Designed to offer a light in the community, Chabad of Flagstaff’s Molly Blank Jewish Community Center suffered an attack against its mission this past weekend.
Sometime between 5:30 p.m. Friday afternoon and 7 a.m. Monday morning, vandals broke into the construction site at 930 W. University Ave. and defaced the center's interior with hate symbols.
With paint and plaster thrown around, and Hope Construction’s tools damaged, the most notable damage came in the form of swastikas smeared on the windows in paint and crudely carved into the walls.
“With the shock that comes with it is the resolve that it brings,” Rabbi Dovie Shapiro of Chabad of Flagstaff said. “This is not going to deter us, it’s only going to make us stronger and bring the community together even more. This facility is very open, we are here to be a positive light in the community and open our doors to everyone, it doesn't matter what your background is.”
The Flagstaff Police Department said because the center's affiliation with a synagogue, and because of how the swastika symbol has been used historically, it is investigating the incident as a hate crime.
While nothing was stolen during the break-in, Flagstaff police spokesman Sergeant Charles Hernandez said the incident is “defiantly alarming.”
Hernandez added the department believes multiple people were involved.
Officers collected fingerprints, "biological evidence" (a phrase that includes hair, saliva and blood) as well as video footage from several cameras in the area to see if they could identify the suspects.
The center is currently under construction and is expected to open this summer. As such, no one was present at the site between late afternoon Friday and Monday morning. Construction workers arrived after the weekend to find evidence of the break-in in multiple rooms.
“It was extremely disturbing. I always thought that it wouldn’t happen here in Flagstaff,” Shapiro said of his initial response to the call.
“It was just sad to hear. We all know that there are people who have hate in their hearts and its anti-Semitism is still out there in the world.”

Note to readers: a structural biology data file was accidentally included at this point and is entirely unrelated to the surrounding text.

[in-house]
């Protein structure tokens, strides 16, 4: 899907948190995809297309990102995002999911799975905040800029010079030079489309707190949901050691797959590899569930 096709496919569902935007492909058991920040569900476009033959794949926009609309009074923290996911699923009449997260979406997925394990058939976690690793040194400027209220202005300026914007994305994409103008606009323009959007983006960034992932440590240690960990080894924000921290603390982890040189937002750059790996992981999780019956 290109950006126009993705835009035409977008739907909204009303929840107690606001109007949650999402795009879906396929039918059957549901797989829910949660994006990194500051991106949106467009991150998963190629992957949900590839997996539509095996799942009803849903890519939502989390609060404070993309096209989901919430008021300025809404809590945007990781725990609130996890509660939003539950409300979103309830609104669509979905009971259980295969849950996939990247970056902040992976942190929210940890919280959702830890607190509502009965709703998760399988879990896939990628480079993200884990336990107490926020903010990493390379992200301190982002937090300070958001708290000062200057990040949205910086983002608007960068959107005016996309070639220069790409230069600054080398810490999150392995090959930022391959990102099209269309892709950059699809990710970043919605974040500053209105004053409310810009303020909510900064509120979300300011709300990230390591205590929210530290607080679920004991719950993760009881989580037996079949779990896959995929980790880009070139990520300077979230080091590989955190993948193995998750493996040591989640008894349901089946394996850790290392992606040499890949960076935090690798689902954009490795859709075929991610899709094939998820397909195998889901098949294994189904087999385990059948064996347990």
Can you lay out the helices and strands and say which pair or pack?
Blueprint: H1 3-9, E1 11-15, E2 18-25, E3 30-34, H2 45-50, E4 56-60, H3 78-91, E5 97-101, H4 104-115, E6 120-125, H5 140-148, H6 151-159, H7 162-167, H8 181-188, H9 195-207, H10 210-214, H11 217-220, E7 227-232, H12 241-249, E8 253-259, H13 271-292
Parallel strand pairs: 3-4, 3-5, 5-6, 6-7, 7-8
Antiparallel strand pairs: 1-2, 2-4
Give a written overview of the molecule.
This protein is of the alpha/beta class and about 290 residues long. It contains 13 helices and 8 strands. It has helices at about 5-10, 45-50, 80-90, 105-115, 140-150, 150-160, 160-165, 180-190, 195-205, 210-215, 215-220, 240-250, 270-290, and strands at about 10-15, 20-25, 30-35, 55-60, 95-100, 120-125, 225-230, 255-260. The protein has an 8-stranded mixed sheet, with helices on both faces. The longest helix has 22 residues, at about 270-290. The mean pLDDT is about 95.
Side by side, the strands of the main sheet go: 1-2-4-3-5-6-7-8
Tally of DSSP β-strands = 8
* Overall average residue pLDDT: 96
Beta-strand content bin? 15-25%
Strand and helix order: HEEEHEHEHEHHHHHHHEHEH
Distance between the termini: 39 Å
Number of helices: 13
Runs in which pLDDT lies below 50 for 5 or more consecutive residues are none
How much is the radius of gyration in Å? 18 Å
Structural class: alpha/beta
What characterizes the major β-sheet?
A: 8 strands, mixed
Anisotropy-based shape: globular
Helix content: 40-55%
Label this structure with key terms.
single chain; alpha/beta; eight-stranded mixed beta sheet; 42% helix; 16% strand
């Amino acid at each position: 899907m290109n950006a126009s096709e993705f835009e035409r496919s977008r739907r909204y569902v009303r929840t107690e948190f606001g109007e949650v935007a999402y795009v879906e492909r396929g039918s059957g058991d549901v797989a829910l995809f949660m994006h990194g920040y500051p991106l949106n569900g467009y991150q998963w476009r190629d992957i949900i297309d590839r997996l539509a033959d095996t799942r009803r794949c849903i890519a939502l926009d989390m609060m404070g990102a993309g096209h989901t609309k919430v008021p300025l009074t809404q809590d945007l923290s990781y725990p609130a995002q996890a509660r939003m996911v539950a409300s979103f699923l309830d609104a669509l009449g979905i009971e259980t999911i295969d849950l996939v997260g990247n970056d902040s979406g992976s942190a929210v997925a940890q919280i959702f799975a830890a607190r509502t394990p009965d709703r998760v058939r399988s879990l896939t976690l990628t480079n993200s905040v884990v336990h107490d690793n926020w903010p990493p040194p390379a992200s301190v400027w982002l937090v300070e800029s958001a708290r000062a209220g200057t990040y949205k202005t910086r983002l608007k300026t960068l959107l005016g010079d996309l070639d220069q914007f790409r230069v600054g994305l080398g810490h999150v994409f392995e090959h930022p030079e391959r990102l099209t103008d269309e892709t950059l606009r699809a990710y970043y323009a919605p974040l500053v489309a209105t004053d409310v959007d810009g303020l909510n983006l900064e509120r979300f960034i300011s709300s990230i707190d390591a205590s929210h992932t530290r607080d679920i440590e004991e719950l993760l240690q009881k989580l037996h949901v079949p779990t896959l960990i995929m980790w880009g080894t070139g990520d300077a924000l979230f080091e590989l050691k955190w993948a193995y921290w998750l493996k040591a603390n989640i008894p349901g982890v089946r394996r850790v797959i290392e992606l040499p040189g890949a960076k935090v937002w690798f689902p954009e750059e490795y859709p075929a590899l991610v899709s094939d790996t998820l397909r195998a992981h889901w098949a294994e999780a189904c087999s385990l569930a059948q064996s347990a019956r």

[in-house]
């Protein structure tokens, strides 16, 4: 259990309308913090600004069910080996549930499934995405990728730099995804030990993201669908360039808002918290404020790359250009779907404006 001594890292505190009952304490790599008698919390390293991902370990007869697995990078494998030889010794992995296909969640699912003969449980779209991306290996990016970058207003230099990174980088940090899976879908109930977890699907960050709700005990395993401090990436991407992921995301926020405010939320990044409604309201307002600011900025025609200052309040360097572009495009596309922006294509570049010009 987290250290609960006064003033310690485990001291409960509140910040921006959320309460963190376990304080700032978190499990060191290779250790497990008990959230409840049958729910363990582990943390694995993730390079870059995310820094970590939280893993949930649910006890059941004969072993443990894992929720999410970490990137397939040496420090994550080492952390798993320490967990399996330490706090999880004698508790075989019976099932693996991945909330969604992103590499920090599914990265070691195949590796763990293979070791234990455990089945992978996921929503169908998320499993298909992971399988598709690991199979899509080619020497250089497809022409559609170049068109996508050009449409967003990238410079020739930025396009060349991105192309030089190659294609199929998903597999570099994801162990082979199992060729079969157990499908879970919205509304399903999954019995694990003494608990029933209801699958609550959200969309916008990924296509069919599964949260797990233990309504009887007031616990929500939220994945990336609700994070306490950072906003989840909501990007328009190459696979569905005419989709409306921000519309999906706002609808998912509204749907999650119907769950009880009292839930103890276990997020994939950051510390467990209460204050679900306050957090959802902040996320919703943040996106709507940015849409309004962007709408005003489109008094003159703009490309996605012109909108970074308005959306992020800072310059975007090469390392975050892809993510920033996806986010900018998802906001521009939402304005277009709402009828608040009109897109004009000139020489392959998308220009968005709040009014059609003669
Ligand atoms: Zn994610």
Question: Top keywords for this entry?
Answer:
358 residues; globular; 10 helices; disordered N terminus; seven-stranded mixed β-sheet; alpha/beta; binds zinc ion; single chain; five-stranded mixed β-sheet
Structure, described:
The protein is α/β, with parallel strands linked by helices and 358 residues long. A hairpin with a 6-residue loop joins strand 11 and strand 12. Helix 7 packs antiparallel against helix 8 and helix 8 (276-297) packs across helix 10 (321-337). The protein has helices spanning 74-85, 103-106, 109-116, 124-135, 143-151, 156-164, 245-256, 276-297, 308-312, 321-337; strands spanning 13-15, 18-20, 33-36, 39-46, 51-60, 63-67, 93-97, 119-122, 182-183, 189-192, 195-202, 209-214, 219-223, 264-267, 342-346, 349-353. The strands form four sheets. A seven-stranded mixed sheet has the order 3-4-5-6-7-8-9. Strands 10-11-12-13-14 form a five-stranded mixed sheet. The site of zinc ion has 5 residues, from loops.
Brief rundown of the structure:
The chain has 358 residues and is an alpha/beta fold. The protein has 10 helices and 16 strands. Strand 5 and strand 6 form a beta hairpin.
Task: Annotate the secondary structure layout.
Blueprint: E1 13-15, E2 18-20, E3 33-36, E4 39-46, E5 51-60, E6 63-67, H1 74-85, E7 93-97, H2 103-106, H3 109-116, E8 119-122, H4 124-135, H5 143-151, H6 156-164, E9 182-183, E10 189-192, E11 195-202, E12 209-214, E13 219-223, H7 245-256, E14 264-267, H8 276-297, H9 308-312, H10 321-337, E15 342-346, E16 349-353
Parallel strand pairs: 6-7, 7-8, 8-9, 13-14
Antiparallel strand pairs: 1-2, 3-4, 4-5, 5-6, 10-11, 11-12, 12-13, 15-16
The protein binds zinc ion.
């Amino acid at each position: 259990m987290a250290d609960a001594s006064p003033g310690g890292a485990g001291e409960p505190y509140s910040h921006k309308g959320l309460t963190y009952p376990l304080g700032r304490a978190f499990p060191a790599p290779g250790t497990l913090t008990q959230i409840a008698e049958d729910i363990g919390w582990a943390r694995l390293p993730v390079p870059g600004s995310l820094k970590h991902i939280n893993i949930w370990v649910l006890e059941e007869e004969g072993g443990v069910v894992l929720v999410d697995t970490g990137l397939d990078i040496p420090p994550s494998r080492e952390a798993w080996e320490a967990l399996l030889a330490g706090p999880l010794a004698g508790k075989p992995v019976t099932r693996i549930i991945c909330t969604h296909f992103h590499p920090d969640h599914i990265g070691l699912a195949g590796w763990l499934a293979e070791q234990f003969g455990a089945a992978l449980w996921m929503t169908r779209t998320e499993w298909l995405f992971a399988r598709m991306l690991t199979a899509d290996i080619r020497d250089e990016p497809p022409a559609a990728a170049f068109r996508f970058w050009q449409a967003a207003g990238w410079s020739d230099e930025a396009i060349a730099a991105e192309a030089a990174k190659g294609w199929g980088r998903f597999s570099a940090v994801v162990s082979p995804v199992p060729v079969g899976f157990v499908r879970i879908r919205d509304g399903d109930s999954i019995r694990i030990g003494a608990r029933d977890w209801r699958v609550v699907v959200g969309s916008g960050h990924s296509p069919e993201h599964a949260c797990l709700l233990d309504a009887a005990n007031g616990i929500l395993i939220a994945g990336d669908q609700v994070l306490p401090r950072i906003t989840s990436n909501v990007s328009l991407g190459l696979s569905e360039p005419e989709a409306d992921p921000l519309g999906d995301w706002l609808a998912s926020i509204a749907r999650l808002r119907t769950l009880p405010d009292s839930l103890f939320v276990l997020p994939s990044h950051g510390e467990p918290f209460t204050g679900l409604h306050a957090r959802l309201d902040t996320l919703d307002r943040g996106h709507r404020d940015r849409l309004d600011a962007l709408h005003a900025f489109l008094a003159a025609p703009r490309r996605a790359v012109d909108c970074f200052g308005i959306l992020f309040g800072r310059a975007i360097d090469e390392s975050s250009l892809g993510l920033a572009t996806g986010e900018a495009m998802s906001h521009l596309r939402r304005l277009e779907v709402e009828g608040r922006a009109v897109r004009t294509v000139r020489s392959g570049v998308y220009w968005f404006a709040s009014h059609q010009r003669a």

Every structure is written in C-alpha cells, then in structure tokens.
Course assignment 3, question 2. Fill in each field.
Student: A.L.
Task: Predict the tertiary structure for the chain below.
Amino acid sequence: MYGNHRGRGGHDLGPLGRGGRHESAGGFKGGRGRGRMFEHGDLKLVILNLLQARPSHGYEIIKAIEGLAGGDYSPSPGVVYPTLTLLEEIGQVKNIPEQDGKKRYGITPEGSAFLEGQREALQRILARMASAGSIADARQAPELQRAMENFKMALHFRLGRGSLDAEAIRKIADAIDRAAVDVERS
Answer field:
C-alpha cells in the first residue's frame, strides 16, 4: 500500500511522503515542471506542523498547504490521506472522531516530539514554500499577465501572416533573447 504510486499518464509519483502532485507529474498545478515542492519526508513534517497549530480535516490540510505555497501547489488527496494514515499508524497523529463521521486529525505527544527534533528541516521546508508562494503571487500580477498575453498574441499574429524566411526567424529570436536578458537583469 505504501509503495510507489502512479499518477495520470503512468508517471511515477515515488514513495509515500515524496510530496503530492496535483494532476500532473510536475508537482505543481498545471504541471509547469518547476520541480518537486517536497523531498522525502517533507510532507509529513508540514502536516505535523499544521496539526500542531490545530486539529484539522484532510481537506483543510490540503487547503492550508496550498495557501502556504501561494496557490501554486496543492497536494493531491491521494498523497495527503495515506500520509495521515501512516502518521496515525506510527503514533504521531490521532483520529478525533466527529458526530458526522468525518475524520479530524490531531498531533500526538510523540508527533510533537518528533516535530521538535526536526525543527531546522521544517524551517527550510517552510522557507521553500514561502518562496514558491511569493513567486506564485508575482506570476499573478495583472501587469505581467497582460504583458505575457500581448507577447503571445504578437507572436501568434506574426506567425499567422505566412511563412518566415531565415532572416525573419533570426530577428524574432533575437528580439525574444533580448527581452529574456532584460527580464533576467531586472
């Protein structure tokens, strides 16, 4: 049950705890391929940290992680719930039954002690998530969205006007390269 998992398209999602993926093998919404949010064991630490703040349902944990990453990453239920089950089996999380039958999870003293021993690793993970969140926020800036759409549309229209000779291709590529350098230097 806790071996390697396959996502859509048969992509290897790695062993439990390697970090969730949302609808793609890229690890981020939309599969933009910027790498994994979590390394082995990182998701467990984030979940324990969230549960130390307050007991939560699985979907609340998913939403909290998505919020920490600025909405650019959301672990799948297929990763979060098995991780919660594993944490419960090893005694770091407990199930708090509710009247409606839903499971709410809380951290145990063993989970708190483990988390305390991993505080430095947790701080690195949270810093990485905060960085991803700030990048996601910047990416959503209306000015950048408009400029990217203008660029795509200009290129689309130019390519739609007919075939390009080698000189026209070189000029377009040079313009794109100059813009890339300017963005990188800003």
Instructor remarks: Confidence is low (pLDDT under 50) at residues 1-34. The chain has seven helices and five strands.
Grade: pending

The Molly Blank Jewish Community Center broke ground exactly two years ago as of Tuesday.
Since arriving in Flagstaff 13 years ago, Shapiro said he had never encountered anything as severe as the weekend’s hate symbols inside the center.
“We have never experienced anti-Semitism. Not as an organization, not as individuals, and Flagstaff is just such a welcoming, warm community. Hearing this, that people came through vandalizing the place, threw things all over the place, made swastikas, that was a shock,” Shapiro said.
While the police department doesn't know exactly how much the damage will cost, it estimated the figure will be more than $1,000. Because construction on the building is ongoing, the the cost of the damage might have been more limited.
Shapiro said the assumption is the suspects entered the construction site over the fence between University Car Wash and broke into the building through a wood panel over a doorway.
While Shapiro declined to speak on any specifics, he said Chabad has always taken security very seriously and that the incident will raise the congregation's awareness of just how important safety will be once the center is finished.
“It’s been a concern for all of us in the community. We take security very seriously,” Shapiro said. “There's been a rise of anti-Semitism and it’s pretty clear. It’s unfortunate and it’s sad to see a culture like that rising in America, but again I like to believe Flagstaff is different.”
Shapiro said the architect of the community center envisioned a place where the outdoors could be brought in -- serving as a kind of lighthouse overlooking the community. The center’s location up the hill on University Avenue makes it so that the glass windows in the back overlook the city toward Milton Road and Northern Arizona University.
Once completed, the center will be open to all members of the community regardless of background with no membership fees required. Shapiro said Chabad is nondenominational and completely donation based, with all forms of Judaism as well as other religions welcome. He added that its message is “love your neighbor as yourself, that's the foundational teachings of Chabad.”
Shapiro acknowledged incidents like the vandalism could not be stopped overnight.
“It’s a reality, there is hate out there. People hate for no reason whatsoever,” Shapiro said. “We try to come up with reasons why people hate and I think it’s a disease, a spiritual disease. People have an inner hatred for people that are not like them, for people they don't understand. Unfortunately, we live in a culture where killing and even vandalism, it's part of the culture. It’s entertainment."
“How do you combat that? You combat that with love for no reason,” Shapiro added. “We are so used to loving for something in return, giving for something in return. If we can just love for no reason whatsoever, that’s how you combat the forces of hate in the world.”
FPD encourages anyone with information about the crime to contact detective Mike Rodriguez at (928) 679-4098 or Silent Witness at (928) 774-6111. On Tuesday afternoon, the Anti-Defamation League announced that it is offering a reward of $2,000 for information leading to the arrest and conviction of the individual or individuals responsible.